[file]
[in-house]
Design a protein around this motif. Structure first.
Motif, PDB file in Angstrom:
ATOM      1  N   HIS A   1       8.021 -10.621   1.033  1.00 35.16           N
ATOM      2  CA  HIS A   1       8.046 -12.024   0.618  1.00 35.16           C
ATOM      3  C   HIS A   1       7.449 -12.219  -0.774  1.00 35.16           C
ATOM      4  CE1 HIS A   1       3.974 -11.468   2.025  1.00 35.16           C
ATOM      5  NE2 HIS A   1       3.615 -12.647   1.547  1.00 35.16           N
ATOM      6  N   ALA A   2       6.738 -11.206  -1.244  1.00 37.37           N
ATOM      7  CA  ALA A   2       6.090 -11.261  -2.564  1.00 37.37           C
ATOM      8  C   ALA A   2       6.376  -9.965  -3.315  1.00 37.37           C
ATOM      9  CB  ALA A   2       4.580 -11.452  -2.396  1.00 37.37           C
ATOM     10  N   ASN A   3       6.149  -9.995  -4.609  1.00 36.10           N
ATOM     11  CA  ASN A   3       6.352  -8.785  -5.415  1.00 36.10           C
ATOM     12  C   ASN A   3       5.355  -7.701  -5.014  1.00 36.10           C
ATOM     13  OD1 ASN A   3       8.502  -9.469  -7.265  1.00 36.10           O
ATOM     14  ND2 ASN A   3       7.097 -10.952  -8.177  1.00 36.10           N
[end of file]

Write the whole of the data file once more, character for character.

[in-house]
Design a protein around this motif. Structure first.
Motif, PDB file in Angstrom:
ATOM      1  N   HIS A   1       8.021 -10.621   1.033  1.00 35.16           N
ATOM      2  CA  HIS A   1       8.046 -12.024   0.618  1.00 35.16           C
ATOM      3  C   HIS A   1       7.449 -12.219  -0.774  1.00 35.16           C
ATOM      4  CE1 HIS A   1       3.974 -11.468   2.025  1.00 35.16           C
ATOM      5  NE2 HIS A   1       3.615 -12.647   1.547  1.00 35.16           N
ATOM      6  N   ALA A   2       6.738 -11.206  -1.244  1.00 37.37           N
ATOM      7  CA  ALA A   2       6.090 -11.261  -2.564  1.00 37.37           C
ATOM      8  C   ALA A   2       6.376  -9.965  -3.315  1.00 37.37           C
ATOM      9  CB  ALA A   2       4.580 -11.452  -2.396  1.00 37.37           C
ATOM     10  N   ASN A   3       6.149  -9.995  -4.609  1.00 36.10           N
ATOM     11  CA  ASN A   3       6.352  -8.785  -5.415  1.00 36.10           C
ATOM     12  C   ASN A   3       5.355  -7.701  -5.014  1.00 36.10           C
ATOM     13  OD1 ASN A   3       8.502  -9.469  -7.265  1.00 36.10           O
ATOM     14  ND2 ASN A   3       7.097 -10.952  -8.177  1.00 36.10           N